Raquel Albarrán

Assistant Professor of Luso-Hispanic Studies

 
 work(802) 443-5523
 Fall 2019: Wednesday 11:30 AM - 2:30 PM, and by appointment
 Warner Hall 11

Raquel Albarrán is Assistant Professor of Luso-Hispanic Studies at Middlebury College. Albarrán earned a Ph.D. in Hispanic Studies at the University of Pennsylvania. Before joining Middlebury in 2018, she held appointments at the University of Washington and at Florida State University. A specialist of colonial Latin America and the Hispanic Caribbean, her current book project and recent publications examine the ways in which materiality shaped notions of race and ethnicity in the New World. She has received fellowships from Penn’s Andrew W. Mellon Graduate Humanities Forum, the National Endowment for the Humanities, and the American Council of Learned Societies.

At Middlebury, Prof. Albarrán teaches all levels of language, literature, and culture courses, including courses on colonial Latin America, the Hispanic Caribbean, and the Afro-Latinx experience.

 

Courses

Course List: 

Courses offered in the past four years.
indicates offered in the current term
indicates offered in the upcoming term[s]

SPAN 0101 - Beginning Spanish I      

Beginning Spanish I
This course is an introduction to the fundamentals of grammar and focuses on the development of four skills in Spanish: comprehension, speaking, reading, and writing. Emphasis will be placed on active communication aimed at the development of oral and comprehension skills. This course is for students who have not previously studied Spanish. Students are expected to continue with SPAN 0102 and SPAN 0103 after successful completion of SPAN 0101. 5 hrs. lect./disc.

Fall 2019

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SPAN 0220 - Intermediate Spanish II      

Intermediate Spanish II
A course for students seeking to perfect their academic writing skills in Spanish. The course is also an introduction to literary analysis and critical writing and will include reading and oral discussion of literary texts. The course will also include a thorough review of grammar at a fairly advanced level. This course may be used to fulfill the foreign languages distribution requirement. (SPAN 0201, SPAN 0210, or placement) 3 hrs. lect./disc. LNG

Spring 2019, Spring 2020

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SPAN 0319 - #CaribeDIY      

#CaribeDIY: DIY Aesthetics and Alternative Markets in the Hispanic Caribbean
Recent artistic and cultural productions in the Hispanic Caribbean and its diaspora reflect upon conditions of dislocation, neglect, and decay. They resituate the trinomial “building, dwelling, thinking” (Heidegger) in the tropics to foreground the tensions between precarity and excess that have imprinted their stamp in the region. What aesthetic, political, and social projects emerge from recycling and ruination? What are their emancipatory possibilities? Or, on the contrary, are they themselves condemned to reproduce the logics of the market and its multiple forms of violence? In this course we will examine literary and cultural practices from the Hispanic Caribbean (Puerto Rico, Cuba, and the Dominican Republic), from the 1970s to the present, which can be loosely grouped under the concept of do-it-yourself or DIY. Some of the major themes include: intellectuals and materiality; technological disobedience; alternative publics and the rise of cartoneras; migration and objecthood; material poetics, gender, and sexual dissidence; autogestión, collective utopias, and the commons; digital cultures and new media; post-nationalism and decolonial approaches. As a final capstone project, all students will complete two requirements: a short final paper and a DIY audiovisual or digital project (a zine, video, artwork, or sound recording, etc.) inspired by the techniques studied. Previous experience on the latter is not necessary, but willingness to experiment in a self-directed manner is essential. (Spanish 0220 or by placement) 3 hrs. lect./disc. AAL AMR ART LIT LNG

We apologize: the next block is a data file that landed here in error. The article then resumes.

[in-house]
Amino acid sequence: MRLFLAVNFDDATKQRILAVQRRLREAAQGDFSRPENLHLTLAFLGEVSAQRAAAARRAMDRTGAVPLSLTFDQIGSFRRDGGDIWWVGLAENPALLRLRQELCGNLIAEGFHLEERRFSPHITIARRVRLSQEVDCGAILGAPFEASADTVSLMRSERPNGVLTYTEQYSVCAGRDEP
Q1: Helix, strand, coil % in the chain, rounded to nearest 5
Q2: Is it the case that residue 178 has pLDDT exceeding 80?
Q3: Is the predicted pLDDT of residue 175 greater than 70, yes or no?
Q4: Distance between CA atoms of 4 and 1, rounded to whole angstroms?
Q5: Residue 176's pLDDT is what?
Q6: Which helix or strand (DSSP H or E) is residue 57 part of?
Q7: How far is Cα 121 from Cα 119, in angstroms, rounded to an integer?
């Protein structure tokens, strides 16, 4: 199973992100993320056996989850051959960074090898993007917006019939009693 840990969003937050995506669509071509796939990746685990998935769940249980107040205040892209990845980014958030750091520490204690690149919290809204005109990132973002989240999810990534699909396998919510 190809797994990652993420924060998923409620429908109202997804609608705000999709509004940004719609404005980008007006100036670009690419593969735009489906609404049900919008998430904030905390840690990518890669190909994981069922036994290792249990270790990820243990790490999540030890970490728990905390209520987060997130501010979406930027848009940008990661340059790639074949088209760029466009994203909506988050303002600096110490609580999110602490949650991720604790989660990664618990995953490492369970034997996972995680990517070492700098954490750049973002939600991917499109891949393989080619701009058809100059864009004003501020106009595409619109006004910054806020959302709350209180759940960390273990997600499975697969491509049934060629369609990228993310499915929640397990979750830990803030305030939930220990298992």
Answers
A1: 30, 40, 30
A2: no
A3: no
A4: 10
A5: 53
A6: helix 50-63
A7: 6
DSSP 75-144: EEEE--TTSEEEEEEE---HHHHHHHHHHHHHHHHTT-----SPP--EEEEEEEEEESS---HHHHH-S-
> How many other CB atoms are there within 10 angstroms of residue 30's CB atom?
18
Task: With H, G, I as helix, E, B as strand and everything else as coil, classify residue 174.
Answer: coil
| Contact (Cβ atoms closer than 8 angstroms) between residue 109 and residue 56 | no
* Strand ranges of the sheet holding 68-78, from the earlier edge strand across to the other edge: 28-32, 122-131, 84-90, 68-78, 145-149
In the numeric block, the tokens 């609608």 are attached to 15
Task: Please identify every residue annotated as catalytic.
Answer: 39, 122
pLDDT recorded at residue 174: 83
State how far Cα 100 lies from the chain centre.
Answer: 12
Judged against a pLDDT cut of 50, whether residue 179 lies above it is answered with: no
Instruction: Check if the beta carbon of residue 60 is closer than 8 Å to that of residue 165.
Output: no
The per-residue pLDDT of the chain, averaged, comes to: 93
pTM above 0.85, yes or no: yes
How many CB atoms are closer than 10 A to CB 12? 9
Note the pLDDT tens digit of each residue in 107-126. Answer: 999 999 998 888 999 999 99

Spring 2019, Fall 2019

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SPAN 0461 - Colonial Objects      

Colonial Objects: Materiality and the Invention of the New World
Beyond gold and silver, what objects served as the building blocks of Spanish colonialism in the New World? What is the relationship between material culture and mestizaje? How do indigenous and black bodies—the flesh of unsovereign otherness—materialize in the language of empire? In this seminar we will explore the role of objects and material culture in shaping colonial discourse during the long history of colonialism in Latin America and the Hispanic Caribbean. Our primary readings assemble an operational canon: from “discovery” and early-contact narratives by Cristóbal Colón and Fray Ramón Pané to the proliferation of ambivalent discourses about colonial subjects, objects, and others that pose a threat to colonial order, including works by Bernardo de Balbuena, Inca Garcilaso de la Vega, and Sor Juana Inés de la Cruz. Alongside these texts, we will consider as well examples of material culture (maps, visual art, artifacts, commodities, and archaeological remnants) from pre-Columbian and colonial times to the present (Two Spanish courses numbered 0350 or above, or by waiver.) 3 hrs. sem. AAL AMR ART LIT

Spring 2020

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Department of Luso-Hispanic Studies

Warner Hall
303 College Street
Middlebury College
Middlebury, VT 05753